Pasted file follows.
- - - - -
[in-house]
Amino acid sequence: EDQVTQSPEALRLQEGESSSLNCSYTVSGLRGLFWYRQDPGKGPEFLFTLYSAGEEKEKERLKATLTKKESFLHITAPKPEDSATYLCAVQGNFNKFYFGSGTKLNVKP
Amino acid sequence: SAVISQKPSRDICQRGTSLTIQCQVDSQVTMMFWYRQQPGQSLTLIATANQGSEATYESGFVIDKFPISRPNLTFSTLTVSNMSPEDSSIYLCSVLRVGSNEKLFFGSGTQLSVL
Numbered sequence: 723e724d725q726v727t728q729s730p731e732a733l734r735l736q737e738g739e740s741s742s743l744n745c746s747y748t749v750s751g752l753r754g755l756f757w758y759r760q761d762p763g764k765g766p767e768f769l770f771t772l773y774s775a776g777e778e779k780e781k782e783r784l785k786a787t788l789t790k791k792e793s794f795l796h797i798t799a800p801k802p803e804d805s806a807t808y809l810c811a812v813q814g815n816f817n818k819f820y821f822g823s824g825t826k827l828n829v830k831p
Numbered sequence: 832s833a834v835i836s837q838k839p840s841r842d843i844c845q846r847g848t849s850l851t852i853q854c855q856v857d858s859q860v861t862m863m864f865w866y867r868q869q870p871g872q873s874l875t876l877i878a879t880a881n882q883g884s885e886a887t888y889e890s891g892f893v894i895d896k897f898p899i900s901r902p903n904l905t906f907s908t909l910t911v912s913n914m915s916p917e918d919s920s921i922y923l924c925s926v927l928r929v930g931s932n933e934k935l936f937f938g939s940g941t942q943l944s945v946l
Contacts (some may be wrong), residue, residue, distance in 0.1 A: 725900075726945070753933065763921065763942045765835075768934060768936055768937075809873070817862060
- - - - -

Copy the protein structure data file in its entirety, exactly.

[in-house]
Amino acid sequence: EDQVTQSPEALRLQEGESSSLNCSYTVSGLRGLFWYRQDPGKGPEFLFTLYSAGEEKEKERLKATLTKKESFLHITAPKPEDSATYLCAVQGNFNKFYFGSGTKLNVKP
Amino acid sequence: SAVISQKPSRDICQRGTSLTIQCQVDSQVTMMFWYRQQPGQSLTLIATANQGSEATYESGFVIDKFPISRPNLTFSTLTVSNMSPEDSSIYLCSVLRVGSNEKLFFGSGTQLSVL
Numbered sequence: 723e724d725q726v727t728q729s730p731e732a733l734r735l736q737e738g739e740s741s742s743l744n745c746s747y748t749v750s751g752l753r754g755l756f757w758y759r760q761d762p763g764k765g766p767e768f769l770f771t772l773y774s775a776g777e778e779k780e781k782e783r784l785k786a787t788l789t790k791k792e793s794f795l796h797i798t799a800p801k802p803e804d805s806a807t808y809l810c811a812v813q814g815n816f817n818k819f820y821f822g823s824g825t826k827l828n829v830k831p
Numbered sequence: 832s833a834v835i836s837q838k839p840s841r842d843i844c845q846r847g848t849s850l851t852i853q854c855q856v857d858s859q860v861t862m863m864f865w866y867r868q869q870p871g872q873s874l875t876l877i878a879t880a881n882q883g884s885e886a887t888y889e890s891g892f893v894i895d896k897f898p899i900s901r902p903n904l905t906f907s908t909l910t911v912s913n914m915s916p917e918d919s920s921i922y923l924c925s926v927l928r929v930g931s932n933e934k935l936f937f938g939s940g941t942q943l944s945v946l
Contacts (some may be wrong), residue, residue, distance in 0.1 A: 725900075726945070753933065763921065763942045765835075768934060768936055768937075809873070817862060